By Mia De Graff | Dailymail
A government study reveals that depression strikes 3 million U.S. teens per year. That report indicates 1 in 9 adolescents ‘suffer severe depressive bouts affecting sleep, energy, and self-esteem’ each year.
The number of 12- to 17-year-olds being treated for depressive episodes in America has steadily climbed in recent years. As of 2014, one in nine adolescents were receiving care to combat trouble sleeping, lack of concentration, lost interest in activities, and plummeting self-esteem among other symptoms.
The author of the report by the Substance Abuse and Mental Health Services Administration (SAMHSA) warns the figures show a need for parents and teachers to help young people communicate their feelings.
“Adolescence is a critical time in a person’s development, and battling with depression can be devastating for teens unless they receive effective treatment,” said Paolo del Vecchio, Director of SAMHSA’s Center for Mental Health Services.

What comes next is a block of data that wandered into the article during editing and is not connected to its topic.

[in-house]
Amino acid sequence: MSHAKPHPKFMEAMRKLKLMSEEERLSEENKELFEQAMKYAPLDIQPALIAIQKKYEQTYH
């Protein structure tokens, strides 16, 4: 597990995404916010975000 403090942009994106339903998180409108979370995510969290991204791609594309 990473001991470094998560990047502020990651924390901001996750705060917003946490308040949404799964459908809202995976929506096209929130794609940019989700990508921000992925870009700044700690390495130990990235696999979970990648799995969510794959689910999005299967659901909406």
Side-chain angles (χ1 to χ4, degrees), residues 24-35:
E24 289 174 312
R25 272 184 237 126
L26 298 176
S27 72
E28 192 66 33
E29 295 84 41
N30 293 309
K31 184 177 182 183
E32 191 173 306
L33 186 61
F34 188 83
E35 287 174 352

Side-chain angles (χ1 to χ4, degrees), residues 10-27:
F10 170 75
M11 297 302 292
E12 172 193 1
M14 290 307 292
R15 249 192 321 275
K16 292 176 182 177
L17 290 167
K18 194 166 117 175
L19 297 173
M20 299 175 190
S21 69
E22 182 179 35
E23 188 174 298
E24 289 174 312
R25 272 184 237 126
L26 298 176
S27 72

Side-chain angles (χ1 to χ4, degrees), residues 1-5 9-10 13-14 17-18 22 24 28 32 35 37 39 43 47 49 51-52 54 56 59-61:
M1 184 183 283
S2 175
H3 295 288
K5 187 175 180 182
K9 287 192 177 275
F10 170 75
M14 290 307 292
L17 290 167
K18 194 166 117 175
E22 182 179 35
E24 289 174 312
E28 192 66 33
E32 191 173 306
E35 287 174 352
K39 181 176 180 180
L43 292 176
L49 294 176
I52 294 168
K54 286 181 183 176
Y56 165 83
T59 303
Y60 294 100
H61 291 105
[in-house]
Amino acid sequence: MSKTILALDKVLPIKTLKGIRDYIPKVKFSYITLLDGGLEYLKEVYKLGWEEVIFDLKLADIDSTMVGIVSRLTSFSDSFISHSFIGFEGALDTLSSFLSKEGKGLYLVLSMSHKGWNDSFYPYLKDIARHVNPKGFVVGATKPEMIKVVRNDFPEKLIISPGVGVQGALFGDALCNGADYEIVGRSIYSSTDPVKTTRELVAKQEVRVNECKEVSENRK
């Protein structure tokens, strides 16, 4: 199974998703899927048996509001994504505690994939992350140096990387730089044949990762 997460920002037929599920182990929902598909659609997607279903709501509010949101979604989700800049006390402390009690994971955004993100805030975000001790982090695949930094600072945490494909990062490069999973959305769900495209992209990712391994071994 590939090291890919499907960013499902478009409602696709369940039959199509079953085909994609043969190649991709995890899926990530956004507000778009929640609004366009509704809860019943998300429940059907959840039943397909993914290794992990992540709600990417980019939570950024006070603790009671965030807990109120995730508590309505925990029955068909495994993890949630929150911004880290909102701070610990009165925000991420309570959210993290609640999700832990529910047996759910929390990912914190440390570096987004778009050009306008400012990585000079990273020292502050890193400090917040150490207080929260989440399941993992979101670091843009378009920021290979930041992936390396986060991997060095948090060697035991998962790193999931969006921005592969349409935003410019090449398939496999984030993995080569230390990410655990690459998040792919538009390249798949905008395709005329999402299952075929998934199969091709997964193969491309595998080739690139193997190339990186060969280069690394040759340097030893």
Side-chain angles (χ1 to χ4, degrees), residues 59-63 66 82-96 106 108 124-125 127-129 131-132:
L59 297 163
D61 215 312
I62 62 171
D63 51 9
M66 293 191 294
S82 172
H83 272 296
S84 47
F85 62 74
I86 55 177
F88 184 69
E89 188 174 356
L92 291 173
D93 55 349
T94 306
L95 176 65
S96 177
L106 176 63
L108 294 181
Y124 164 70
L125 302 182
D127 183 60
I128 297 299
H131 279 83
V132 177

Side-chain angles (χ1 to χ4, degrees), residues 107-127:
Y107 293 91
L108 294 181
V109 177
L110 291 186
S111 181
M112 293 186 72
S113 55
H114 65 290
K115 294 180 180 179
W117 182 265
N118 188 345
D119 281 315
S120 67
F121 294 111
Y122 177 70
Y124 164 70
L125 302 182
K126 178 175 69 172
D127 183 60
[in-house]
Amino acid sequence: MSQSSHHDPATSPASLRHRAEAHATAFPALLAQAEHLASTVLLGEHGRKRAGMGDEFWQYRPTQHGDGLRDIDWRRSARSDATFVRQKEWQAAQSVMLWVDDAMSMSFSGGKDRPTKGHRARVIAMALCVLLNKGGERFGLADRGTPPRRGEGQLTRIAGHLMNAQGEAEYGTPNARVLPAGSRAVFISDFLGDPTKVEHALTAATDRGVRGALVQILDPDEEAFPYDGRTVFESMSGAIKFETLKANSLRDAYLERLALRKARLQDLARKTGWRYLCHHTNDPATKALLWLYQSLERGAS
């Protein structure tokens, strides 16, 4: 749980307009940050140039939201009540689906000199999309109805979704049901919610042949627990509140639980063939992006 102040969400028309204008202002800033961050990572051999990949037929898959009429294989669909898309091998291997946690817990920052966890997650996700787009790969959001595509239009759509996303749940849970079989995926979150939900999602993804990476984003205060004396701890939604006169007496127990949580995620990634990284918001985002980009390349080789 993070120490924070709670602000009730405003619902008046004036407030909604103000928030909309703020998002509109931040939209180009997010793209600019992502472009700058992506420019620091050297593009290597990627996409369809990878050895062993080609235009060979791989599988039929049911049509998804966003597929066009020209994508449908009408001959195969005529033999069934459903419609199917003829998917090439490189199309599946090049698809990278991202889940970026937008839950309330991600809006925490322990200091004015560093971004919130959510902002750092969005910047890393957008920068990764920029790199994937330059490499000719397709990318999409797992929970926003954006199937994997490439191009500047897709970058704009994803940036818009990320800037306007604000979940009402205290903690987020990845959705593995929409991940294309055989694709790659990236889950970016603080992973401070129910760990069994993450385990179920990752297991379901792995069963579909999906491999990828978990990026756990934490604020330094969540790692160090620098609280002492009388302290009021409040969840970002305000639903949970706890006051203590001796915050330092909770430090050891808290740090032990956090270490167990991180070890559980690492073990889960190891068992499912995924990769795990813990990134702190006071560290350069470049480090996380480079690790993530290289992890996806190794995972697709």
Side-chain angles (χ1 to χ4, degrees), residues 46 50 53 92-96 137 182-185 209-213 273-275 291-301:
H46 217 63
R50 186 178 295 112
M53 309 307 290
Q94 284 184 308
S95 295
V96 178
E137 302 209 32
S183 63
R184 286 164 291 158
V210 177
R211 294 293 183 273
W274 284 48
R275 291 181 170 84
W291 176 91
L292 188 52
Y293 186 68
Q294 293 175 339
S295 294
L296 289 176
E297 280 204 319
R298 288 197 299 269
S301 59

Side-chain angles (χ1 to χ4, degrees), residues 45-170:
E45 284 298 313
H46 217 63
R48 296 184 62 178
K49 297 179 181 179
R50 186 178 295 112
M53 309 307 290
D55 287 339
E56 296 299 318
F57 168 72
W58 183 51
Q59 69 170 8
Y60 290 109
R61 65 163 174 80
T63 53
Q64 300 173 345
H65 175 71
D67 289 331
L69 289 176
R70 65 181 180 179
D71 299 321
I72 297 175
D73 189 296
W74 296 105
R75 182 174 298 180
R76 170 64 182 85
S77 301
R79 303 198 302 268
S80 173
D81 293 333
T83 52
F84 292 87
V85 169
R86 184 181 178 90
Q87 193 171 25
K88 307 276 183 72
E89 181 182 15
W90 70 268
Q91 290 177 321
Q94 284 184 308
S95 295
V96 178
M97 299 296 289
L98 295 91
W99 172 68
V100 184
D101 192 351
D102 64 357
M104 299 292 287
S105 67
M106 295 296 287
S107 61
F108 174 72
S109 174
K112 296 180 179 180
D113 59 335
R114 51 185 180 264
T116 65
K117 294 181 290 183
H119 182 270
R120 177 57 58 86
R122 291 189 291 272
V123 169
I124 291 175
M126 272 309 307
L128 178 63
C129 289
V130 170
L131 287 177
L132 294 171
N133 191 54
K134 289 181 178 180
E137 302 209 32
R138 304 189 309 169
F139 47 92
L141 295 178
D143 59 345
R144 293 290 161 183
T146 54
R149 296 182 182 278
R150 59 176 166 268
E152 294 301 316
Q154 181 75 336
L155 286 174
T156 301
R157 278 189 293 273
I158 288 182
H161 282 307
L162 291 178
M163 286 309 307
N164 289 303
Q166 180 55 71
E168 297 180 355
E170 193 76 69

According to del Vecchio, “effective treatment is available, but parents, teachers and all concerned members of the community must work to assure that adolescents in need get help.”
Thanks to SAMHSA for publishing the report; Mia De Graff for writing the article; Daily Mail for committing its resources to the article; Google for helping me find the article; and all the people who, directly or indirectly, made it possible to include the picture, text, and links in this post.